Funnily enough it was reading the bible that really helped me kick religion. That and religious education lessons.

I was born and baptised a Catholic. My parents are pretty staunch. They go to mass every week and we (all their children) all went to Catholic schools.

I suppose I believed in it all myself at first. Certainly when I was at junior school I was an unquestioning believer. However it was during our classes for our first communion and confession that the teacher planted a seed that would eventually make me doubt.

Before we could confess our sins we had to know what sins were. So the concepts of mortal and venial sins were explained to us. Also we learned about the concept of been in a 'state of grace'. There are some quite complicated rules about all this which I won't go into here.

In a nutshell when you die there are four options for you:

Obviously hell is to be avoided and heaven is what to aim for. However the rules for what happens when you get to purgatory are woolly to say the least as far as I remember. Apparently you stay there until enough prayers have been said for you to get you up to heaven.

In retrospect it sounds a bit like one of these talent shows on the telly. I can just see it now. The Angel Gabriel would host proceedings and we'd have a panel of saints acting as the judges ( Saint Paul playing the Simon Cowell role and Saint Peter the nice guy - like Len on Come Dancing) and the final score would be a combination of the judges points and the praying public (remember that any prayers made after the lines close won't be counted but you may still be charged). 

Anyway to an impressionable young child (I was about six or seven) it sounded horrendous. Not only that but as I mentioned the rules seemed pretty ambiguous. None of the adults seemed to be able to give me a straight answer about it all. So I decided that the only thing to do was to do some reading up on the subject. What would be the ultimate document that would give me a satisfactory answer? It seemed pretty clear to me that the bible might be just such a document.

So for christmas I asked my parents for a bible. They must have been delighted at what a devout little catholic I was. So in the new year I began to read the bible seriously in an attempt to find the crucial rules that would let me know what I needed to do to get myself to heaven when I died.

However no matter how I scoured the book I could find no references to purgatory. There was some pretty interesting historical stuff, a couple of neat stories and a lot of boring guff about people begetting other people etc. I wasn't too impressed with Saint Paul's letter writing skills either.

I'd like to say that at this point the scales dropped away from my eyes. In reality though I just stopped looking but still retained my belief. It wasn't easy though. I'm not a person who likes to be out of control and that's how it felt - knowing I might die and end up in purgatory and for who knows how long. And to make matters worse I started to build my natural catholic guilt. It was drummed into me that going to mass on Sunday was the highlight of the week (and worse if you missed it for no good reason then it was a mortal sin!) and yet I found it boring and something that I dreaded.

As I entered my teenage years I stopped going to confession. I don't really know why. The first thing you are supposed to say in confession is how long it is since your last confession. So after a while I couldn't face telling the priest how long it had been since the last confession. I had a similar problem with dentists in my twenties and thirties.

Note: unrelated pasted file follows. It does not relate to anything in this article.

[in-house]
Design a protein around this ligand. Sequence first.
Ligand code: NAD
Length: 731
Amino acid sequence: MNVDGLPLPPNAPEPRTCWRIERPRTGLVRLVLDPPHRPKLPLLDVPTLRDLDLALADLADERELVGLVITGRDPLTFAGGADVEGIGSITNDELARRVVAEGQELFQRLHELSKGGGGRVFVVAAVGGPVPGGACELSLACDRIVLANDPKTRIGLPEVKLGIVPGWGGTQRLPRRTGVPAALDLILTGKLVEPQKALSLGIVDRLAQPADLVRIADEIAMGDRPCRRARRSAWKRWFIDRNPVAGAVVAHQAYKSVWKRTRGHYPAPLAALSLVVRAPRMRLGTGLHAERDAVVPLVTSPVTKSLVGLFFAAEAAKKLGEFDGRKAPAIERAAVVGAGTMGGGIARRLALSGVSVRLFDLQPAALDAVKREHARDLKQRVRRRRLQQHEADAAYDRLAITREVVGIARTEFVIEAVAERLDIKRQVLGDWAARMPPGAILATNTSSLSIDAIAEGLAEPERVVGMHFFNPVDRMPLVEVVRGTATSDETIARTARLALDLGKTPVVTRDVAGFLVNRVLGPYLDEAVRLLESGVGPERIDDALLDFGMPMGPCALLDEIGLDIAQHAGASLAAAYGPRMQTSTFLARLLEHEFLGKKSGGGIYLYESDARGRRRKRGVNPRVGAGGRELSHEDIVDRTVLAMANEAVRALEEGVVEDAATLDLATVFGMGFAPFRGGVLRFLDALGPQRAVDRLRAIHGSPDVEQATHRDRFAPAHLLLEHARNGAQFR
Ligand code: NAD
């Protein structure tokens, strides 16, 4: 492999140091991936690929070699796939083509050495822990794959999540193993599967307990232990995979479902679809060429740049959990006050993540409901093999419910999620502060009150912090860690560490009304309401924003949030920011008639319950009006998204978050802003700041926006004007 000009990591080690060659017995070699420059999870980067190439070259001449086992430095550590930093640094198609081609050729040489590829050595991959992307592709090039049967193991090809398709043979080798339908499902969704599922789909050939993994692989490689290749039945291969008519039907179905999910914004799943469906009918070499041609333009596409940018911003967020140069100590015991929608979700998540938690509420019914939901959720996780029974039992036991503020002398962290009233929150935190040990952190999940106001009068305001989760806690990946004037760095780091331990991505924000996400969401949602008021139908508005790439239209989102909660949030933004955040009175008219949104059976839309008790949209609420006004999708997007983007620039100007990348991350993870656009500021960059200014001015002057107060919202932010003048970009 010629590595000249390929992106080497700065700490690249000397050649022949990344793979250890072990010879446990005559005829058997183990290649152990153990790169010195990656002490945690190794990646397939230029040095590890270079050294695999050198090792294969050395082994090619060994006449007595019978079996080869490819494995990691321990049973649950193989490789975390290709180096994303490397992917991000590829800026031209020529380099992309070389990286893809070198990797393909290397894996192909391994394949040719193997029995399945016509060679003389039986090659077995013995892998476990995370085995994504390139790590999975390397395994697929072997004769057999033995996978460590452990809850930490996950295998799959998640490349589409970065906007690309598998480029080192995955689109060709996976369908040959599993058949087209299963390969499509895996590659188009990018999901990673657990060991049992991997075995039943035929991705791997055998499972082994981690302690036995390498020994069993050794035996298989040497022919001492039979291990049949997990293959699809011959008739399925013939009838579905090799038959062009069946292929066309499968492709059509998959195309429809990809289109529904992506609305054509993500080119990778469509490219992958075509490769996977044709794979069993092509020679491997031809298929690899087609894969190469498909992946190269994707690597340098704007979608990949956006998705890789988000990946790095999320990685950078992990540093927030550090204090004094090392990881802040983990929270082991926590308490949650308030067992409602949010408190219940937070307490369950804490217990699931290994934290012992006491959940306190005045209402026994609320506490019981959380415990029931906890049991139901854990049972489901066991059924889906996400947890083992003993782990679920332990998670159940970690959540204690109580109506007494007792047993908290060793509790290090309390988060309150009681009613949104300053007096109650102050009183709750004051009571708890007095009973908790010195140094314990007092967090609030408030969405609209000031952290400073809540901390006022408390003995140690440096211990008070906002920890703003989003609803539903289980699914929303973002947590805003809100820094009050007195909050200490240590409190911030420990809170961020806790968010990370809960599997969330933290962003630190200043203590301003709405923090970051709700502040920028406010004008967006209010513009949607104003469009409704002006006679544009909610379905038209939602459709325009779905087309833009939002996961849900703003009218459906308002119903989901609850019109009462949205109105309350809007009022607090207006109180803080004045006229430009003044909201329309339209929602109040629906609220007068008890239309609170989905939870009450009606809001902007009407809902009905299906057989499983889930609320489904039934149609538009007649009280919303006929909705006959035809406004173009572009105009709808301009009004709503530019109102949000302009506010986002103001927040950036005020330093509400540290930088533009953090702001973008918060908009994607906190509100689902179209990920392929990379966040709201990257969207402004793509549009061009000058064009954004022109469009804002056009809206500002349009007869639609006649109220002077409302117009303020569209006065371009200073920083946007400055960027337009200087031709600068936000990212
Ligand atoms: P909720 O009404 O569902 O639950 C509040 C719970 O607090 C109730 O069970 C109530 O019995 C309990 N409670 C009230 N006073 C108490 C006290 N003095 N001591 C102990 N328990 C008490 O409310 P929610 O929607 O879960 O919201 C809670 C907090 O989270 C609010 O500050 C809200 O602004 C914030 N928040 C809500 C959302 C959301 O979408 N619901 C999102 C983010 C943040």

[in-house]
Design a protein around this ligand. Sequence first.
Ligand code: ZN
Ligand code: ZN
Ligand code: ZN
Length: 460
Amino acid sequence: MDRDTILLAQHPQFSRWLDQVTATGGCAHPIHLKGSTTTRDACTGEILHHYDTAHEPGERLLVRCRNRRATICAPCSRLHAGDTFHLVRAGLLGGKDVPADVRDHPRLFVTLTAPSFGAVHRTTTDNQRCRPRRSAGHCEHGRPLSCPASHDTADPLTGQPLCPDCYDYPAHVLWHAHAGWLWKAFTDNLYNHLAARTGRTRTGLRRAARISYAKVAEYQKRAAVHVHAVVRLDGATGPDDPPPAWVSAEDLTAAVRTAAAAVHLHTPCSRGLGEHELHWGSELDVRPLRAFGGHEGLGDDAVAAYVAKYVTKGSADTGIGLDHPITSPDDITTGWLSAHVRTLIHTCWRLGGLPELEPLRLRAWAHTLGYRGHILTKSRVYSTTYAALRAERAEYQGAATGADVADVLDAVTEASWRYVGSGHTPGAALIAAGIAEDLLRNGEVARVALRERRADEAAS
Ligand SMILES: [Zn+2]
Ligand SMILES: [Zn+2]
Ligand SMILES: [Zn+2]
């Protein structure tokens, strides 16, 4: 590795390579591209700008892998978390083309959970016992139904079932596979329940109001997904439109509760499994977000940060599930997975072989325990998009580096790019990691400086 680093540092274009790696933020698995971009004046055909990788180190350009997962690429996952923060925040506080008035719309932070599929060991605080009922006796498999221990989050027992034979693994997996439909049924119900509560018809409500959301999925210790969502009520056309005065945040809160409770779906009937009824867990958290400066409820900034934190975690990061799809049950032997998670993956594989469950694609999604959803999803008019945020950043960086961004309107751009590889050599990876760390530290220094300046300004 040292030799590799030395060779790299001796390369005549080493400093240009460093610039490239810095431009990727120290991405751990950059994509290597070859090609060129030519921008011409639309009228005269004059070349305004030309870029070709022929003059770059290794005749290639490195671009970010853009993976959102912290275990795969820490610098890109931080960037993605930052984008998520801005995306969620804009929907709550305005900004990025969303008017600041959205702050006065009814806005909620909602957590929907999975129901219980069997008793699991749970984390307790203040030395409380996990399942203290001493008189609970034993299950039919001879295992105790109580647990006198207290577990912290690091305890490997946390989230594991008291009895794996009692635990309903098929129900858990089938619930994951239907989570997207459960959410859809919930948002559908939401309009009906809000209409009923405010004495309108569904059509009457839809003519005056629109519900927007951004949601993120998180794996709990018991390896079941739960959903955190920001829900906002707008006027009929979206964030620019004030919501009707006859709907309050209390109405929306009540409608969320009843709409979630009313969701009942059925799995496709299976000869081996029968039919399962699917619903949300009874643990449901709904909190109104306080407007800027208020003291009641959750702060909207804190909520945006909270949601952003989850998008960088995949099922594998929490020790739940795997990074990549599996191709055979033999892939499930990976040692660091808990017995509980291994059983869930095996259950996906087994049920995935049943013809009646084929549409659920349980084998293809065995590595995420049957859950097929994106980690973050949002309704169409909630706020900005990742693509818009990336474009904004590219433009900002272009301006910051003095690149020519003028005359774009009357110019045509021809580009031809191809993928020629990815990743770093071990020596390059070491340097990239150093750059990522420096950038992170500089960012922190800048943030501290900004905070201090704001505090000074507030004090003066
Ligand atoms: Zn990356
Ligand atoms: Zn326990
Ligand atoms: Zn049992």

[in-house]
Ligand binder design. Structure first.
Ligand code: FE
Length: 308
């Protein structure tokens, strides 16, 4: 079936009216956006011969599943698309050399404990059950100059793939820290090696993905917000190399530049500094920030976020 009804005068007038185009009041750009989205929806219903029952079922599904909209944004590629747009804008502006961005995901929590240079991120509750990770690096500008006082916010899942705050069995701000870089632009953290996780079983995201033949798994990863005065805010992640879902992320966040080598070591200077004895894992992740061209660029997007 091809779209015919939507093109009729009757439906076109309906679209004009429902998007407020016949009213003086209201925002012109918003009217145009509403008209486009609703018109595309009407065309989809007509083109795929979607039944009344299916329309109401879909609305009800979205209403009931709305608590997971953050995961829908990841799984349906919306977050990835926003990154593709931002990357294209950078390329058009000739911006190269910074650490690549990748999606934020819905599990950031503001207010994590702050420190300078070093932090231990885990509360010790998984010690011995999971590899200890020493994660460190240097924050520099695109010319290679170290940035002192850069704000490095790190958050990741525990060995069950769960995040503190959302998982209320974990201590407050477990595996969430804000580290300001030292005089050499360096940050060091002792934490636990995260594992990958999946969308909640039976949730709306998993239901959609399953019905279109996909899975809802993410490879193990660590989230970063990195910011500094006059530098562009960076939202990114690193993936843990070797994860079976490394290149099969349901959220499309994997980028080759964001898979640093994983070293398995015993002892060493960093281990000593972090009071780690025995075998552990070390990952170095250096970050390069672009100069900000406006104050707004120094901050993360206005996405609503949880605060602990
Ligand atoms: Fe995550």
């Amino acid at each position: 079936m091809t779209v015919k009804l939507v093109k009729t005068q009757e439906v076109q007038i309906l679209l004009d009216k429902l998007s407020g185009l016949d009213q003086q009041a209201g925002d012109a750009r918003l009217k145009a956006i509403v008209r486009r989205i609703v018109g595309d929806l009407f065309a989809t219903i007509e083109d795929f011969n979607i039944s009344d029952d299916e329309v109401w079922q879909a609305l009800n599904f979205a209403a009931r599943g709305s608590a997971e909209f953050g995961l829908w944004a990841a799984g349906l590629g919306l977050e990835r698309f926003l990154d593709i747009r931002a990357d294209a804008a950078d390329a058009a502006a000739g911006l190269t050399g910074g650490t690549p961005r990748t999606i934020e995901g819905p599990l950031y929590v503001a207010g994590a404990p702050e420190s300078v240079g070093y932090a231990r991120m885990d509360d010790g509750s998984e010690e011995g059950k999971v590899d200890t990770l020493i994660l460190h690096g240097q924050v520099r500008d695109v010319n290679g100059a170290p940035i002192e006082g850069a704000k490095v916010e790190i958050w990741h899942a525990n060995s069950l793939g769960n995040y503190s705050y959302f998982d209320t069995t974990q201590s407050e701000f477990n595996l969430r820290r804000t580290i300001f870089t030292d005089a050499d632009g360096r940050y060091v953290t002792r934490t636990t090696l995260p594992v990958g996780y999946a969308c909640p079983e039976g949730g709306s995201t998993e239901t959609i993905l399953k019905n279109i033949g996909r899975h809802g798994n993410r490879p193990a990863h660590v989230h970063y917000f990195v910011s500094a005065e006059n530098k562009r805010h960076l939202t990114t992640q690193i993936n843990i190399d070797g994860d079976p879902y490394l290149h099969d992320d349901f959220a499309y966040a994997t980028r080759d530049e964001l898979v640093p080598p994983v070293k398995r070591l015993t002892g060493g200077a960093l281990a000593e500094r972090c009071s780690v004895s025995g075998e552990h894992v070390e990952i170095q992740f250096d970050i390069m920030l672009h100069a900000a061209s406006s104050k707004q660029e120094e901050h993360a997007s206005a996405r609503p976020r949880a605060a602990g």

At my school religious education was compulsory. So I studied scripture 'o' level. In retrospect this was brilliant. We analysed the three synoptic gospels (that's Matthew, Mark & Luke to you) in a fair amount of detail. Once again I'm  not going into detail here but I began to understand that the bible hadn't been put together by the divine guidance of god but instead by a group of mortals. Furthermore the gospels were written long after the death of christ and there were other gospels which were either excluded by the divine inspiration of god or because their story didn't fit what the church required; depending on which view you took.

At this stage I was also listening to punk music, reading all sorts of books and talking with friends. I was starting to see other points of view. It was becoming clear to me that the catholic faith was just one view point on what christianity could be. So shortly after going to sixth form I decided I was a christian but not a catholic. I was sick of the hypocrisy thrown in front of me. Catholics demanding the death penalty when it was clearly stated in the gospel that Jesus didn't believe this; the riches of the church against the poverty around; and the attitude towards contraceptives.

However my time as a generic christian was very short lived. I'd gone too far to turn back. It wasn't just the hypocrisy of the catholics I couldn't stomach it was the bible itself -  a random set of stories thrown together and given a spurious context. If that wasn't right then christianity wasn't either. And after all for better or worse catholicsm was the original christian sect.

Its difficult to explain how free I felt when I realised that it was ok to be bored and miserable in mass. That I didn't have to fake feelings at important days such as good Friday and easter Sunday. I could be indifferent and it didn't matter. There was nothing to be guilty about (well nothing religious anyway).

So here I am many (many) years later and I have to tell you that life without any faith is just fine. My belief system is pretty simple. I believe that my brain is like a very fancy but pretty unreliable computer. My soul is the electrical impulses bouncing round in there and ,my personality is a mixture of genetics and my experiences. When I die I cease to exist. And that's all!